If you have continued back pain or pain that causes numbness in the legs or weakness, see your physician or a sports medicine doctor. Check your footwear too. Your shoes should have a firm non-compressible sole, not soft soles like a running shoe. Soft soles don’t provide enough support to squat safely with good form. Make sure you’re not doing too high of a volume of squats or doing them too often.

Other Reasons You May Have Back Pain After Squatting

If you’re feeling stiff when you squat, you may not be warming up enough before you do the exercise. Make sure you’re doing at least a 5-minute warm-up with dynamic movements that gradually raise your body temperature. As your muscles warm-up, they’ll be more flexible.

Another problem is trying to use too much weight when you squat. Start with lighter weights and increase the challenge as your body adapts. Let back discomfort be your guide. If you’re achy or stiff afterward, your form is off, you’re using too much weight, or you lack core strength or ankle and hip mobility. If you have a previous back injury, that can make it harder to squat with good form.

Other Squat Variations That Are Safer for Your Back

Another squat variation that’s easier on your back is the goblet squat. Unlike the front squat where you hold a barbell in front of your shoulders or a back squat where you rest it on your rear delts and upper trapezius muscles, with a goblet squat, you hold a single weight in front of your body with your two hands. Like the front squat, the goblet squat forces you to keep your pelvis straighter and that’s healthier for your back. It’s also a squat variation that beginners have an easier time doing.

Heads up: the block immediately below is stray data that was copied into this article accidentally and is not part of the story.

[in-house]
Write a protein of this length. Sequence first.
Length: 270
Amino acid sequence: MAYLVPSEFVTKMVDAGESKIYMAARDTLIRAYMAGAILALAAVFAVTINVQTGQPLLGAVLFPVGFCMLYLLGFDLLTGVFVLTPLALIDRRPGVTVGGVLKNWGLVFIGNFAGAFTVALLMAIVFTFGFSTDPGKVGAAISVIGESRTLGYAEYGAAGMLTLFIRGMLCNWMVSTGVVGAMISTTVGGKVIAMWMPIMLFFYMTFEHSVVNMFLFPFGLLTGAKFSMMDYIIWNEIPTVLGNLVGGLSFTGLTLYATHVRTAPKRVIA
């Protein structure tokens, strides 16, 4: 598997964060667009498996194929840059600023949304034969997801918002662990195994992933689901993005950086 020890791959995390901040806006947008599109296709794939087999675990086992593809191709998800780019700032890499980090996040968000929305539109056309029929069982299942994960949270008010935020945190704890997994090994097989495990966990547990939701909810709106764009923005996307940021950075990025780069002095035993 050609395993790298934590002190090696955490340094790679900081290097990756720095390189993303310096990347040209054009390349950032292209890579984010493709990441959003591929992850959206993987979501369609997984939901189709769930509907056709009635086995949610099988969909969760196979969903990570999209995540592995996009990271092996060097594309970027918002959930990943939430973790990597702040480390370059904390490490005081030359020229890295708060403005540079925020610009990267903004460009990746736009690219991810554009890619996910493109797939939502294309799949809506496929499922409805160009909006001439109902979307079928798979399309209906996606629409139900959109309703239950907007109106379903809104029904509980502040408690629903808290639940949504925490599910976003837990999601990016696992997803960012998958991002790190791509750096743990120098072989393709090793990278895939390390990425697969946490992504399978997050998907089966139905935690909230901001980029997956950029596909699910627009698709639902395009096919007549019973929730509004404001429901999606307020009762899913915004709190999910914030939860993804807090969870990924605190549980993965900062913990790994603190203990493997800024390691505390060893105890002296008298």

The Bottom Line

If you have a history of back pain, front squats and goblet squats are safer than doing back squats. You’ll still get benefits, although front squats place more emphasis on your quads than your hamstrings and glutes. The goblet squat is an even better choice if you’re a beginner. Make sure that other factors aren’t making it harder to squat such as a weak core or poor ankle or hip mobility and see a physician if your back pain persists, worsens, or includes other symptoms such as numbness or leg weakness.

Be sure to warm up before attempting squats or any other exercise with weights. Start by doing bodyweight squats or goblets squats with a light weight as a warm-up before progressing to heavier weights. Do squats safely and you’ll be rewarded with a stronger, more defined physique.



  • Loudon Sports Therapy Center. “Limited Hip Mobility Can Cause Back Pain”
  • J Strength Cond Res. 2007 Nov;21(4):1108-12.
  • American Council on Exercise. “Goblet Squat”


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Why Squat Depth Matters

What Does Research Show about Partial Reps vs. Full Reps for Strength Training?

Are Squats a Good Exercise for Your Hamstrings?

5 Ways to Get More Benefits from Bodyweight Squats